In a prior blog, we had described the Real-time monitoring for Azure SQL Database Managed Instance using the Telegraf SQL plugin. In addition to Managed Instance support, Telegraf now also includes support for Azure SQL Database single databases, and can be used to monitor them in near-real time in a similar fashion. This is one of several monitoring solutions for Azure SQL Database, which also include Azure SQL Analytics, and many third party solutions.
For this solution using Telegraf, detailed setup instructions and setup shell scripts are in Azure SQL DB monitoring GitHub repo. For detailed setup steps, see the readme file in that repo. As an outline, the setup steps are as follows:
- Create an Ubuntu VM. Other Linux distributions can be used as well, but commands have to be adjusted accordingly.
- Clone the repo.
- Run the monitoringsetup.sh script which does the following:
- Installs Docker
- Installs the latest Telegraf release build for Ubuntu. If you prefer a nightly build for the latest changes, pass the parameter “nightly” on command line.
- Pulls the Grafana docker image
- Opens TCP port 3000 in the firewall for accessing Grafana
- Copies the telegraf.conf sample file, and adjusts permissions on that file
- Install, configure and start InfluxDB.
- Create logins/users for each Azure SQL Database being monitored, and grant permissions.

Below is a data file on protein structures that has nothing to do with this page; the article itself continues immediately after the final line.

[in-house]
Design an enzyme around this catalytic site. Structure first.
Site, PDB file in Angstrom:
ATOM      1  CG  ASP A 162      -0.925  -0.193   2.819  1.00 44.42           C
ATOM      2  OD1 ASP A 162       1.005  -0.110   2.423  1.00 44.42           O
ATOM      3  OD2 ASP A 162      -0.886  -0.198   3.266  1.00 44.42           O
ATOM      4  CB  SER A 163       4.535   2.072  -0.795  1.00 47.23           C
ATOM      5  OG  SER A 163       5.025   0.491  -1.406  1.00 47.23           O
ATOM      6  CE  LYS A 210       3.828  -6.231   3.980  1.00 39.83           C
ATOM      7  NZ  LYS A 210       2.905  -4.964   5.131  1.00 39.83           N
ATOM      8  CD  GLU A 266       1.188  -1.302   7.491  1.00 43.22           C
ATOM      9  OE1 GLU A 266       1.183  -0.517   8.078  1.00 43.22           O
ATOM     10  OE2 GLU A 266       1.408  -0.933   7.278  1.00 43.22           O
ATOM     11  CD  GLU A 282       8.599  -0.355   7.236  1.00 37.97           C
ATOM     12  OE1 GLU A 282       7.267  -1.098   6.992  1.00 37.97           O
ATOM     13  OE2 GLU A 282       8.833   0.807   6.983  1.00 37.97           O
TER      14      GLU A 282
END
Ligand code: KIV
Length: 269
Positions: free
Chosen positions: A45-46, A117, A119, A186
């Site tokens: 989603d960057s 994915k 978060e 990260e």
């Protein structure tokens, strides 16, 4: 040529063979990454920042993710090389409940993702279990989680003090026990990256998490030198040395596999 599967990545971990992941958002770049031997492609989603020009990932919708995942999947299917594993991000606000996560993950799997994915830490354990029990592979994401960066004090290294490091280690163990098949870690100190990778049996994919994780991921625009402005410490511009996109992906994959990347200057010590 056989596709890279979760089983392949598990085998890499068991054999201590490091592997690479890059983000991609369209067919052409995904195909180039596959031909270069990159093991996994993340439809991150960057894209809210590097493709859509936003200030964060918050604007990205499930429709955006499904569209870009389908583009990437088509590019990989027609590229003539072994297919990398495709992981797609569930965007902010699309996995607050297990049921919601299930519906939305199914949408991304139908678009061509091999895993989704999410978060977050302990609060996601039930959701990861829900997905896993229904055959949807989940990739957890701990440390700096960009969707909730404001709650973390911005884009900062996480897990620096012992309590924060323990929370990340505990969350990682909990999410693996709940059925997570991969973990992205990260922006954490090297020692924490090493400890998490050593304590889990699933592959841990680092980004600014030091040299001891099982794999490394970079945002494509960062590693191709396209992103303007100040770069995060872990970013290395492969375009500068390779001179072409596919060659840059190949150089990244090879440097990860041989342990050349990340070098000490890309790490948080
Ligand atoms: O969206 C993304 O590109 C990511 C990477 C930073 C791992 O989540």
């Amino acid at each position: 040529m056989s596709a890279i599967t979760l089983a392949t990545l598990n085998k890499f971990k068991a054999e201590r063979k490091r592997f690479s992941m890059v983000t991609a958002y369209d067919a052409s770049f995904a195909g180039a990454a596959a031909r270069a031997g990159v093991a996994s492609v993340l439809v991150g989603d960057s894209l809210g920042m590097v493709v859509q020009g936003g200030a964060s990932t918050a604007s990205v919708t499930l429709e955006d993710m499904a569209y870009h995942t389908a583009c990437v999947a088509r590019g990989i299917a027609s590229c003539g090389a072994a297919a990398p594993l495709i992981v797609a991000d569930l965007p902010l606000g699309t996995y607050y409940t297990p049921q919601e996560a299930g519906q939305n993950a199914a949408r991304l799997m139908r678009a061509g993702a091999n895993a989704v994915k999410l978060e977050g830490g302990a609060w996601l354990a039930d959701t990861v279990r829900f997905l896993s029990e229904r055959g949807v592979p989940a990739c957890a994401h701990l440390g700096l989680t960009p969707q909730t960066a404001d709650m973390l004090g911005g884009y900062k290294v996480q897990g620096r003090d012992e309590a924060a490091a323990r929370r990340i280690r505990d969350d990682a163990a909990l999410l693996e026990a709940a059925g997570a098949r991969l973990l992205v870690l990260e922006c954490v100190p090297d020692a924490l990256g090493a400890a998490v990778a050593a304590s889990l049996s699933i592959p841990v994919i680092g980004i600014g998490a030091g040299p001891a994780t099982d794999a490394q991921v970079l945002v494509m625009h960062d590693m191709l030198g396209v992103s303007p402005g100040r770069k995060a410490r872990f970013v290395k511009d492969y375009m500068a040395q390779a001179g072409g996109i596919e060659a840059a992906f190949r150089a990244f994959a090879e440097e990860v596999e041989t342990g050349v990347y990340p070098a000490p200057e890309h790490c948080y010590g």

- Edit Telegraf configuration file:
- Add the appropriate connection strings, one per database being monitored.
- Set the azuredb=true flag to monitor Azure SQL database.
- Exclude the collectors you do not need.
- Start Telegraf service.
- Configure Grafana data source, and import Grafana dashboards located here. There are separate dashboards for Managed instance as compared to Azure SQL Database.
The Telegraf configuration file (telegraf.conf) instructs the SQL plugin to run the collectors below by default.
- PerformanceCounters – Performance counters from dm_os_performance_counters
- DatabaseIO – IO Statistics from dm_io_virtual_file_stats
- WaitStatsCategorized – Database level wait statistics from dm_db_wait_stats
- AzureDBResourceStats – Azure SQL Database resource stats from dm_db_resource_stats
- AzureDBResourceGovernance – Resource Governance limits from dm_user_db_resource_governance
- MemoryClerk – Memory consumption from dm_os_memory_clerks
- Schedulers – Scheduler utilization from dm_os_schedulers
- SqlRequests – Requests from dm_exec_requests
There are three dashboards. You can switch between dashboards while keeping the target database and time interval unchanged, to focus on different performance monitoring areas.
SQL DB Performance
This is the primary dashboard, providing an overview of performance at the SQL Server instance level, and at the database level. Note that in Azure SQL Database, the server is just a logical construct (a logical grouping of databases). This dashboard allows you to choose a logical server, and then drill down into a specific database on that server. The logical server is different from the physical SQL Server instance hosting each database.